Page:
Were these writings found at Nag Hammadi evidence of the fact that the early church opposed and attempted to eliminate what it understood to be false teachings? Of course. That is what the church said it was doing and what the Apostles called upon the church to do. The believing church did not see heresy as an irritation — it saw heterodoxy as spiritual death. Those arguing for the superiority of the Gnostic texts deny the divine inspiration of the New Testament and prefer the heterodox teachings of the Gnostic heretics. Hauntingly, the worldview of the ancient Gnostics is very similar, in many respects, to various worldviews and spiritualities around us today.

The energy behind all this is directed to the replacement of orthodox Christianity, its truth claims, its doctrines, its moral convictions, and its vision of both history and eternity with a secularized — indeed, Gnositicized — new version.

Just look at the attention this tiny fragment of papyrus. Its few words and broken phrases are supposed to cast doubt on the New Testament and the doctrines of orthodox Christianity. A tiny little fragment which, even if authentic, dates from the fourth century, is placed over against the four New Testament gospels, all written within decades of Jesus’s earthy ministry.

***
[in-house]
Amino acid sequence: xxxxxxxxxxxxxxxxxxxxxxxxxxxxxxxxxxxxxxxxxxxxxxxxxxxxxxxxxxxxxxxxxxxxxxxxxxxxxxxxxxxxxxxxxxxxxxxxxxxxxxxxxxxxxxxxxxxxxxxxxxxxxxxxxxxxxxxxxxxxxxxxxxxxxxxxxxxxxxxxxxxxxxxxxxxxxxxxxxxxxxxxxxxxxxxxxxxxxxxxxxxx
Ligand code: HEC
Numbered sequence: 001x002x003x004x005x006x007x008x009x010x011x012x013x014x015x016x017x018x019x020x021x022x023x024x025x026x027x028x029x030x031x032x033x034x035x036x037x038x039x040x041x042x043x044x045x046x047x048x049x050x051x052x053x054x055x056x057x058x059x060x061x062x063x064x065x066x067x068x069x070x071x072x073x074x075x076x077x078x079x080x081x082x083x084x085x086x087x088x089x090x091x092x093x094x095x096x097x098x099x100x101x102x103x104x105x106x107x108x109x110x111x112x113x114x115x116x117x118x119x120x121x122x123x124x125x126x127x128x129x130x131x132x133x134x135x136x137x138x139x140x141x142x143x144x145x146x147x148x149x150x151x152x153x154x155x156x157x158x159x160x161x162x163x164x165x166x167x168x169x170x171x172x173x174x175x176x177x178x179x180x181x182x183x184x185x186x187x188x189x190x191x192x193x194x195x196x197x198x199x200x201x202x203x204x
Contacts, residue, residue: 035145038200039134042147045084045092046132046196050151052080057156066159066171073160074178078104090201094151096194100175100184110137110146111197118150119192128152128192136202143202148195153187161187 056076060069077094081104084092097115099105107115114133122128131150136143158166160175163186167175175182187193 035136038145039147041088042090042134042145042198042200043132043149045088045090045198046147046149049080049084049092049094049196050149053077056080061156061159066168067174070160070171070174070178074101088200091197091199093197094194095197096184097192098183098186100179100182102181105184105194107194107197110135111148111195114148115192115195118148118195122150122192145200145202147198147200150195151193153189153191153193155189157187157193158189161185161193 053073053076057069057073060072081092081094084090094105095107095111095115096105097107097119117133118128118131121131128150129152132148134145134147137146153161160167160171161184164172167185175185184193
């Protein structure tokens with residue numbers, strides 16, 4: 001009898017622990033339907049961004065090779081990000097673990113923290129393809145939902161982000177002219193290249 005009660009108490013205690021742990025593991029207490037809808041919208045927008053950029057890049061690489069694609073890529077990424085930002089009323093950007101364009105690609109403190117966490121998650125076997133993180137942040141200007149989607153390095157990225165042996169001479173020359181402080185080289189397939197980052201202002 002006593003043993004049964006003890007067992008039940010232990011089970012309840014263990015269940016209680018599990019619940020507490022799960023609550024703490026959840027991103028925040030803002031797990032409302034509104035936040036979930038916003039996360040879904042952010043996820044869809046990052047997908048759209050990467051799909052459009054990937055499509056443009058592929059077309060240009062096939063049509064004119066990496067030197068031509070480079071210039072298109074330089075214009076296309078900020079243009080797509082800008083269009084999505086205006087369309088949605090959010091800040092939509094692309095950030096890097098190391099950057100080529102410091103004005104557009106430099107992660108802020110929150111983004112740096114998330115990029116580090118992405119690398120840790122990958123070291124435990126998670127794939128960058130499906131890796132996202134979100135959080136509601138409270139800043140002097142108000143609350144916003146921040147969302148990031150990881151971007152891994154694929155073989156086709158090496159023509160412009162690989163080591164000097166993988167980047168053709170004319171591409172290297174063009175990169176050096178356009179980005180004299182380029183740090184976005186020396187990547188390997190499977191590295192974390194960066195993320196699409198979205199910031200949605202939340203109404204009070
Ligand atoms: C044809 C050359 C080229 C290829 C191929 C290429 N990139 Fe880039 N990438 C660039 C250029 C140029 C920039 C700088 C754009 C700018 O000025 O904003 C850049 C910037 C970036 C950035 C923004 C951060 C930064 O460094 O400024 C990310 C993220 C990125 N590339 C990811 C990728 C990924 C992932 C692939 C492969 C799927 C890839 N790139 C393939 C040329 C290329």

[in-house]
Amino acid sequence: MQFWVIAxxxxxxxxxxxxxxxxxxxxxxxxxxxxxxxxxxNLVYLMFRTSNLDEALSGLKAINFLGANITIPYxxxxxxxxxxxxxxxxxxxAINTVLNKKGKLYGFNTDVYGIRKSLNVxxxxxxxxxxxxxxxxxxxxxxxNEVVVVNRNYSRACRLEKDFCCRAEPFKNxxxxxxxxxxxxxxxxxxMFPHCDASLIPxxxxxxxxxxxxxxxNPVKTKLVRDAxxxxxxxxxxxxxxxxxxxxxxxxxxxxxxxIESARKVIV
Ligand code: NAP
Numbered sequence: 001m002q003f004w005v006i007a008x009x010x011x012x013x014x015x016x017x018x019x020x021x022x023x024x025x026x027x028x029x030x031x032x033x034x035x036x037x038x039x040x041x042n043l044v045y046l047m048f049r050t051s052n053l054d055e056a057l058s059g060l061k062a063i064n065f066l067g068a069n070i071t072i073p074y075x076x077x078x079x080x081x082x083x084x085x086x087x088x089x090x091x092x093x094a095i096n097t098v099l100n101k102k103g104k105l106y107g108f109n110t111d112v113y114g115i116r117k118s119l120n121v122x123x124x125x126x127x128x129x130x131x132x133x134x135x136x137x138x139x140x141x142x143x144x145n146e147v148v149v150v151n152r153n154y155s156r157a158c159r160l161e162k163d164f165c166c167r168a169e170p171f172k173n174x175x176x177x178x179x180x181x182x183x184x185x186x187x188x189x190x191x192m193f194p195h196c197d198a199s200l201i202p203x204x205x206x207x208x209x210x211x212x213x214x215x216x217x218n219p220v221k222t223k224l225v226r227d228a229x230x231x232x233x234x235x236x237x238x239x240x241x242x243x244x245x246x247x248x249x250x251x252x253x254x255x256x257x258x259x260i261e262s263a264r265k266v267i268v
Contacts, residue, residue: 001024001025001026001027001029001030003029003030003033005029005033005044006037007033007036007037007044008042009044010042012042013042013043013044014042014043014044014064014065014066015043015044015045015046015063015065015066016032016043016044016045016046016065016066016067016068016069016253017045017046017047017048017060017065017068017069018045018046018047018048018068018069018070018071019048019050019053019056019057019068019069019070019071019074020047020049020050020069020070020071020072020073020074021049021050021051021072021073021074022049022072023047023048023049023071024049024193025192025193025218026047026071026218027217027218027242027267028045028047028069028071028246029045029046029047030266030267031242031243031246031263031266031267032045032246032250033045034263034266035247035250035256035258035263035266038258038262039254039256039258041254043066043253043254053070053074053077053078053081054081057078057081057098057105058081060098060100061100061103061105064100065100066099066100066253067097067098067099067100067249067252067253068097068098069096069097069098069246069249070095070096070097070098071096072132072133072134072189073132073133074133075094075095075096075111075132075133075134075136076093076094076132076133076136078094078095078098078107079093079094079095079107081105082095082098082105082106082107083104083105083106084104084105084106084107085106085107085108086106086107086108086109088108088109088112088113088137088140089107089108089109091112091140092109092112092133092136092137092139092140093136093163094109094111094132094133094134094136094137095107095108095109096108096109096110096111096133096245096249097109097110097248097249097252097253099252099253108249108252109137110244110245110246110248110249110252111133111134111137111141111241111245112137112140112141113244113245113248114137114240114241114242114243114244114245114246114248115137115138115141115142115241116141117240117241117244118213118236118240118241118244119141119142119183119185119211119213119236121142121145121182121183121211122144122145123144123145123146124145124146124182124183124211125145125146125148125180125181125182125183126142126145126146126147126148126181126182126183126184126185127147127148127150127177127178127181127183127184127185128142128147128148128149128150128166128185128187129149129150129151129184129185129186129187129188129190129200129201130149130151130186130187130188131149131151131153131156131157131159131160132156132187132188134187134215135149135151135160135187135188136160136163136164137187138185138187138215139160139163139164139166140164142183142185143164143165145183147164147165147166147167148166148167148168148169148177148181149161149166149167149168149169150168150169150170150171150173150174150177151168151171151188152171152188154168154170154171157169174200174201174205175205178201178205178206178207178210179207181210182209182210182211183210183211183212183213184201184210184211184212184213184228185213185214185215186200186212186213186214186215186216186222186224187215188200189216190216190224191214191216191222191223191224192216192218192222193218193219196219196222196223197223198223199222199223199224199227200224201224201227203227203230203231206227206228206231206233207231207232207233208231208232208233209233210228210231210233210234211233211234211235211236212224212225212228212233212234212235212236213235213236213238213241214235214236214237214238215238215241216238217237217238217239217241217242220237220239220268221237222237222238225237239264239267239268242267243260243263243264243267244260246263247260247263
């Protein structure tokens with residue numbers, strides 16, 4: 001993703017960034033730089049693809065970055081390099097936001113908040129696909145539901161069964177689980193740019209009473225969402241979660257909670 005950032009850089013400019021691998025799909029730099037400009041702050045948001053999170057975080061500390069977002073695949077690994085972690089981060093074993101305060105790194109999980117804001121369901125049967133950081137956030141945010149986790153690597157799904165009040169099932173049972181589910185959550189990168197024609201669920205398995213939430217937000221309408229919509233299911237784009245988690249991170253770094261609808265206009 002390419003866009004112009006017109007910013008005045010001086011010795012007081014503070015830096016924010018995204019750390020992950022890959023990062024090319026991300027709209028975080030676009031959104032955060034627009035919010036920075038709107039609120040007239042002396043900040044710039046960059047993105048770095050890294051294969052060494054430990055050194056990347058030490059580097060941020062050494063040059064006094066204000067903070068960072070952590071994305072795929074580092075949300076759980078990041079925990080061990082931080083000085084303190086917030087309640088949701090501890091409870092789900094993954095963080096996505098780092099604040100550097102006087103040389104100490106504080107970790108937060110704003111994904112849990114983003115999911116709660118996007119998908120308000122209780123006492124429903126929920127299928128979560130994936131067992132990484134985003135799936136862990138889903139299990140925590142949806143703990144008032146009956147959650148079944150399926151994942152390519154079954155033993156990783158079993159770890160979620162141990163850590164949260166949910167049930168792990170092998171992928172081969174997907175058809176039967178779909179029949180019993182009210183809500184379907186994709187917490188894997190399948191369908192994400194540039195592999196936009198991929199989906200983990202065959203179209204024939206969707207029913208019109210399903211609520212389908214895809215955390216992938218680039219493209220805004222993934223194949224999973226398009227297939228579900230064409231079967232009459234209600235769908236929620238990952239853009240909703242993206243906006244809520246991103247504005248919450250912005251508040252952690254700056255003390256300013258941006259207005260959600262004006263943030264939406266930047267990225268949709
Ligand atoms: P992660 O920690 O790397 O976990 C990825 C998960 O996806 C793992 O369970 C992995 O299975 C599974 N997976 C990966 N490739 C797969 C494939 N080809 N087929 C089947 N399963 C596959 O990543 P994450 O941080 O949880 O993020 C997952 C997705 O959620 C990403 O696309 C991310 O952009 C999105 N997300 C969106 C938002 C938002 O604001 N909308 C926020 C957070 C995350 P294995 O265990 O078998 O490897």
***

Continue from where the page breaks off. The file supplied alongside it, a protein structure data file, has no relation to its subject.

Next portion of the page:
“The Gospel of Jesus’s Wife”? Not hardly. This is sensationalism masquerading as scholarship. Nevertheless, do not miss what all this really represents — an effort to replace biblical Christianity with an entirely new faith.

Ariel Sabar, “The Inside Story of a Controversial New Text About Jesus,” Smithsonian, Tuesday, September 18, 2012.http://www.smithsonianmag.com/history-archaeology/The-Inside-Story-of-the-Controversial-New-Text-About-Jesus-170177076.html

Lisa Wangsness, “Harvard Professor Identifies Scrap of Papyrus Suggesting Some Early Christians Believed Jesus Was Married,” The Boston Globe, Tuesday, September 18, 2012.http://www.boston.com/metrodesk/2012/09/18/harvard-professor-identifies-scrap-papyrus-suggesting-some-early-christians-believed-jesus-was-married/dZJ1sIJCay8b8cra30wfQK/story.html

Laurie Goodstein, “A Faded Piece of Papyrus Refers to Jesus’s Wife,” The New York Times, Tuesday, September 18, 2012.  http://www.nytimes.com/2012/09/19/us/historian-says-piece-of-papyrus-refers-to-jesus-wife.html?pagewanted=all

Elaine Pagels and Karen L. King, Reading Judas: The Gospel of Judas and the Shaping of Christianity (New York: Viking, 2007).

Karen L. King, The Secret Revelation to John (Cambridge: Harvard University Press, 2006).

I am always glad to hear from readers. Write me at mail@albertmohler.com. Follow regular updates on Twitter at www.twitter.com/AlbertMohler.

Publication date: September 20, 2012